Around 5:15 pm on Friday, November 2, 2012, one of the most curious moments in our sport began. Reuters.com, then ABC Channel 7 in New York announced the cancellation of the marathon. I went to twitter as I received two confirmations from keen observers and as I posted a tweet, the Mayors' office denied the announcement. Less than five minutes later, the Mayor's office and NYRR issued a joint statement, note below.
Around 6:30 pm a press conference with Deputy Mayor Harold Wolfson, CEO of NYRR Mary Wittenberg, and Chairman of the Board of NYRR George Hirsch spoke to assembled media. Wittenberg, distraught, but professional, Hirsch was poised and statesmenlike and Wolfson was, in this writer's eyes, running the show.
More comments to come but here was the theme. Wolfson noted that the city needed to focus on taking care of those harmed by the Marathon, "it was not a time for a celebratory event". Wittenberg and Hirsch, mostly Wittenberg noted that they had considered a ten mile race, an elite race, all kinds of things, but Wolfson stood firm, and said none would honor the theme of the five borough race.
Wittenberg announced that the NYRR was committed to helping the city recover. She was serious and completely on the level on her concern for those hurt by Hurricane Sandy. In the end, many people on both sides misinterpreted signals until it became to hot of a topic for the Mayor's office to handle. " We did not have time to answer questions about the marathon, it had become divisive," was how Wolfson, obviously tired having slept in his office for the past night. Wolfson was right.
This cancelled event will be studied in PR classes and marketing classes for some years to come. Forensically, after a night sleep, I will put a few more thoughts together, but the City should have shut this down on Monday or Tuesday. 30-40,000 marathoners are in town, with no marathon to run. Several million people in the local area have been affected by Hurricane Sandy and while the marathon has been an event where New Yorkers loved the world for a day, it would not have been in 2012. Too many people in New Jersey, New York, Delaware, VA, across the Mid Atlantic are hurting. Many ways to view this, but there was no one, in either the Mayor's office or NYRR, who could see the writing on the wall: the marathon just would not happen this year.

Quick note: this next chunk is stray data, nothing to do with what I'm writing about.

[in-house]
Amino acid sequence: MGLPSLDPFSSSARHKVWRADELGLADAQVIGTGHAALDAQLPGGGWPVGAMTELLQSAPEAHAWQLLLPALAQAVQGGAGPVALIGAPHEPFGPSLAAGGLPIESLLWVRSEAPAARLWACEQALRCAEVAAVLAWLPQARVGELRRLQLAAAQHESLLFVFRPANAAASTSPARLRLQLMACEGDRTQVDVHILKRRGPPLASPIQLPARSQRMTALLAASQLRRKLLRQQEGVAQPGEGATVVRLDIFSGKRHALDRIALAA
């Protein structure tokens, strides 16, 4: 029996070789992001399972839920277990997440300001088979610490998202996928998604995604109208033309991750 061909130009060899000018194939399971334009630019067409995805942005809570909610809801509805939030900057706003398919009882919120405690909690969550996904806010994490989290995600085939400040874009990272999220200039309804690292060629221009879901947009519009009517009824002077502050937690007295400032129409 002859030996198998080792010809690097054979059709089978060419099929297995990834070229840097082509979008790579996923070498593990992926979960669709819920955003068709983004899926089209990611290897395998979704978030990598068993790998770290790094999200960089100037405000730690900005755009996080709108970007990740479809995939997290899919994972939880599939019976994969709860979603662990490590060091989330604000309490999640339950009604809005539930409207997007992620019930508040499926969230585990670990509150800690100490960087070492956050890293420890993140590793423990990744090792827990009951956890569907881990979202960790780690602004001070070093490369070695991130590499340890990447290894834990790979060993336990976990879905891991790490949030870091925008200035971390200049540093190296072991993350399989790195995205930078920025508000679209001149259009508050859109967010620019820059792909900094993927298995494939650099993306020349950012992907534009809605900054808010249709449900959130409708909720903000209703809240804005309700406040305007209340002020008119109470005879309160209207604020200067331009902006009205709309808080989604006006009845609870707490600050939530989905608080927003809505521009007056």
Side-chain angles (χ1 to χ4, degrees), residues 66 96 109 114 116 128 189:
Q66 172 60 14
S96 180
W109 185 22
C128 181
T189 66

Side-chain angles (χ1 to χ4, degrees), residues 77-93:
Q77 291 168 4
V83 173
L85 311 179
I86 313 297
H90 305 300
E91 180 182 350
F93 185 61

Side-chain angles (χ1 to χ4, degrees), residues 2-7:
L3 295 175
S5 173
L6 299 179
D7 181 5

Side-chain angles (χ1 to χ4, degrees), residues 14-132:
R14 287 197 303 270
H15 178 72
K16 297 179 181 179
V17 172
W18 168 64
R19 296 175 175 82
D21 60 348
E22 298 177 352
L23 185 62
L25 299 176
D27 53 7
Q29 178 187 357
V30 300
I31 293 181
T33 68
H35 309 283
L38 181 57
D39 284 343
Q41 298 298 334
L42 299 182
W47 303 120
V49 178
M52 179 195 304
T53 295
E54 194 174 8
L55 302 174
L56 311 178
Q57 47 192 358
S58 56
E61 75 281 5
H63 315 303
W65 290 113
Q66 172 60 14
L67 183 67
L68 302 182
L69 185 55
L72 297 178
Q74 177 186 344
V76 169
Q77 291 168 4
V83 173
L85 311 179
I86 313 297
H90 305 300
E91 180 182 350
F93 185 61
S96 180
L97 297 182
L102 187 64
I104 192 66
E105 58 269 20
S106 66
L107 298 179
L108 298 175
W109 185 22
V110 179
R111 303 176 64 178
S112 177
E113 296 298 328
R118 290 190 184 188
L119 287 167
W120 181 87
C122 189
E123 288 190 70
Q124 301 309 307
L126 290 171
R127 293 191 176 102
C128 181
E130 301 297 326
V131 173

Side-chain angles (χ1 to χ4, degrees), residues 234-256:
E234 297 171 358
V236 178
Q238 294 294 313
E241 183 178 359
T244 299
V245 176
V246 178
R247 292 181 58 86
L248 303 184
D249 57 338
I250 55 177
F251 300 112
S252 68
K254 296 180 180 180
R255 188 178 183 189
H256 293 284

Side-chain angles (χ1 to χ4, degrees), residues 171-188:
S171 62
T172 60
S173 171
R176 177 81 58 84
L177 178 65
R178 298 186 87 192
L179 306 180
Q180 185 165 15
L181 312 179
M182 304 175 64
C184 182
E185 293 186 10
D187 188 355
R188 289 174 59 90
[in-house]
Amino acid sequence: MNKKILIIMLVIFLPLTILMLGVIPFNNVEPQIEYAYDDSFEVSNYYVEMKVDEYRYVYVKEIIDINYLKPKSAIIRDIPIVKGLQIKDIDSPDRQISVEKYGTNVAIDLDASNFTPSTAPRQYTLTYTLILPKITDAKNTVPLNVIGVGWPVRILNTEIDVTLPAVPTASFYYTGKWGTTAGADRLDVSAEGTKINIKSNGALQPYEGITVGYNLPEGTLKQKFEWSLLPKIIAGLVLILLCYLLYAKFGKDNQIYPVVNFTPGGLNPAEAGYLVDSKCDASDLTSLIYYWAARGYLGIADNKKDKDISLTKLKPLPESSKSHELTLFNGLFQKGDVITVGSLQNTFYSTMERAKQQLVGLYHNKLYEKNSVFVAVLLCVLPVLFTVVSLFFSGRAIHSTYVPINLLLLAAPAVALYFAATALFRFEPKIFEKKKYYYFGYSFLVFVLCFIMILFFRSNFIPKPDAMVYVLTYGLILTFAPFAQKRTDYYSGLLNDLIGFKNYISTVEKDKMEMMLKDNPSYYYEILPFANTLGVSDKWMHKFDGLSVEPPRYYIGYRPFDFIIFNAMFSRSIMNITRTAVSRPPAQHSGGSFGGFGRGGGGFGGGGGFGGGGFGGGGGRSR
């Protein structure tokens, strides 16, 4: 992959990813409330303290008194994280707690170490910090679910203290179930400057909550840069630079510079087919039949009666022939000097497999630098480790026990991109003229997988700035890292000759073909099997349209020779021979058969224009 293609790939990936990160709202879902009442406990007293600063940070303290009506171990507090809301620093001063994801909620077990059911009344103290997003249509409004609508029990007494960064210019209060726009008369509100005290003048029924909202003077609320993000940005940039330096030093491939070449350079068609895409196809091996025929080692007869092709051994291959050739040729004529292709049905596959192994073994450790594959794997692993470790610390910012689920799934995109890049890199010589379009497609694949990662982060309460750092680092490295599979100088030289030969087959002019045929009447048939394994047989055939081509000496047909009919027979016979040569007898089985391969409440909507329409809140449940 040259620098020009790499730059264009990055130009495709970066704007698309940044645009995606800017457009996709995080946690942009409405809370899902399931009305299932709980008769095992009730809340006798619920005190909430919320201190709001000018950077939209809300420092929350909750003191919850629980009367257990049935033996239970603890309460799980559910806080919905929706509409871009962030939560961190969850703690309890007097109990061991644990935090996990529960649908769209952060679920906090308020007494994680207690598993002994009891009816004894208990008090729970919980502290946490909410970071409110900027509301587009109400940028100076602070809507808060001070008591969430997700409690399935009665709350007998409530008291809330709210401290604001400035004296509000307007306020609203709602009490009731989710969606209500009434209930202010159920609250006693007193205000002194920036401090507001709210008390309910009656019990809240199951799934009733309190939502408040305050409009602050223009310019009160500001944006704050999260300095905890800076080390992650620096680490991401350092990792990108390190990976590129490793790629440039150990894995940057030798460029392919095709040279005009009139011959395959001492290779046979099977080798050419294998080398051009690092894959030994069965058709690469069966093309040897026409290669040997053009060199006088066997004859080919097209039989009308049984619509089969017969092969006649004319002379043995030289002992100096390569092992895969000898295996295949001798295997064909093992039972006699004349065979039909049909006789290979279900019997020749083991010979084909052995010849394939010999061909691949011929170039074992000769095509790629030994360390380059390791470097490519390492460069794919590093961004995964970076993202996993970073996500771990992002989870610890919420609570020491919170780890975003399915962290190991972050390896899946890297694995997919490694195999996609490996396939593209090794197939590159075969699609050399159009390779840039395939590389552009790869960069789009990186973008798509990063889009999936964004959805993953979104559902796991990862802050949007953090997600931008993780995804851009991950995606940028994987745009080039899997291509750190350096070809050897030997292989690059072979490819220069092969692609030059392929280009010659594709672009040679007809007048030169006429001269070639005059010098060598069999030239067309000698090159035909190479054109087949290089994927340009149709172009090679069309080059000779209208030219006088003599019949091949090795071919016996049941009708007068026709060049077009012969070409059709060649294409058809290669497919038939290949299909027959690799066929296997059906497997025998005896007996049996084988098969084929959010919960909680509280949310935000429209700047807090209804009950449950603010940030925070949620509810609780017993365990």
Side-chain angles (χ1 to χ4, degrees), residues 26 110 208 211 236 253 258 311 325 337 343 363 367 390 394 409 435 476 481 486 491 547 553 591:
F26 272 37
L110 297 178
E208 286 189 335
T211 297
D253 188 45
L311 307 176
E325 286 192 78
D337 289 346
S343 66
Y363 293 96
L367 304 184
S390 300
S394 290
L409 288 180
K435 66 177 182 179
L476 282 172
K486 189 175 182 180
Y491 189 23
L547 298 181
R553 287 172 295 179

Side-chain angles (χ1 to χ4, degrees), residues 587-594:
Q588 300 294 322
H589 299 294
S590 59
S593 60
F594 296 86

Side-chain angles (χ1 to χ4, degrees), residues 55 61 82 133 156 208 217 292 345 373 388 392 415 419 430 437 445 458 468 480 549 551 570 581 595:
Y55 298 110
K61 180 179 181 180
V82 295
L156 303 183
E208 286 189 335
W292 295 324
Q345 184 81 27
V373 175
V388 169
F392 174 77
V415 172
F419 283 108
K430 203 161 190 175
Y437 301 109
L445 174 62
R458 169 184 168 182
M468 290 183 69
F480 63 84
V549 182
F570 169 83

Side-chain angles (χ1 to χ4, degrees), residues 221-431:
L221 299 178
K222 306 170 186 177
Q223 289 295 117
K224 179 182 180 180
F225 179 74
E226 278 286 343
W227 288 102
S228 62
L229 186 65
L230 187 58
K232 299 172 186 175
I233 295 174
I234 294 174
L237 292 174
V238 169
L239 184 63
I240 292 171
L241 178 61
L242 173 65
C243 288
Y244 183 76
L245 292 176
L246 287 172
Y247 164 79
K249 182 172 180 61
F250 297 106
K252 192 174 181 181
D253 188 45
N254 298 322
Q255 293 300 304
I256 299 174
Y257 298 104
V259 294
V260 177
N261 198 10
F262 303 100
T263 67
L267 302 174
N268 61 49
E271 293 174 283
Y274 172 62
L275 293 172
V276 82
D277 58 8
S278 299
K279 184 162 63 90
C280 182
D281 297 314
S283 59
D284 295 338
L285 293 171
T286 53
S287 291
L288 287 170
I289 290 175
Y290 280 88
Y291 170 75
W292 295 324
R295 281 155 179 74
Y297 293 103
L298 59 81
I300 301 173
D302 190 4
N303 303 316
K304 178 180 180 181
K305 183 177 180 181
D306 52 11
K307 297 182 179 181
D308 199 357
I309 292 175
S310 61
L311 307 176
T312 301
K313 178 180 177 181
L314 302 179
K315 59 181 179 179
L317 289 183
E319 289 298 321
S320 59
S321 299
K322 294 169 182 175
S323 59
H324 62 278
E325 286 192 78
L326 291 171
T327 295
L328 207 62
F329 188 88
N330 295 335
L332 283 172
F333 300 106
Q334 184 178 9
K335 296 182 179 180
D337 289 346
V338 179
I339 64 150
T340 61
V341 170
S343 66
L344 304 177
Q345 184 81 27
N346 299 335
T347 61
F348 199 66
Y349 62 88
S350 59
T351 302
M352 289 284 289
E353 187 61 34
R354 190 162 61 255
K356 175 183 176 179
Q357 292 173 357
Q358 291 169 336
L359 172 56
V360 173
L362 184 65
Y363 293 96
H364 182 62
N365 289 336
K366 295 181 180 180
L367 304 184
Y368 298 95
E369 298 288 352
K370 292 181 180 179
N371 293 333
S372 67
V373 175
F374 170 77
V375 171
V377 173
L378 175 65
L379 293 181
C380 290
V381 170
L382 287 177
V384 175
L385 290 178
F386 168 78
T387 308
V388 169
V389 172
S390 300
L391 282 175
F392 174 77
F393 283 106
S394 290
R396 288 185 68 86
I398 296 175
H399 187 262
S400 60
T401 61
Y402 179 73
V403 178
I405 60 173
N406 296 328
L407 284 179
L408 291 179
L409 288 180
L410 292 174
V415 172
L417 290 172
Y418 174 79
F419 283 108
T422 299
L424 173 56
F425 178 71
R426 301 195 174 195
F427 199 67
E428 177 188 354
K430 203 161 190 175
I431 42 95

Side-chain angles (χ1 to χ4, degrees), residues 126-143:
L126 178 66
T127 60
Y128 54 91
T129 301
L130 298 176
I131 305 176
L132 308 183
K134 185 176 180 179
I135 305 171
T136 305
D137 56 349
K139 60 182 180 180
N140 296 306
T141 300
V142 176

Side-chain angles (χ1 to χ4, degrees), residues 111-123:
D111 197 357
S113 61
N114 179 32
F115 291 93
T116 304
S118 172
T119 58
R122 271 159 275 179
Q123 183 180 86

The ING New York City marathon in 2012 was the first marathon cancelled due to social media. I have had more negative comments, from runners and non-runners on the holding of the race. Be careful what you wish for!
Positives? People in the city, runners in the city, money being spent in the city, when, the little guys need it.
More thoughts tomorrow.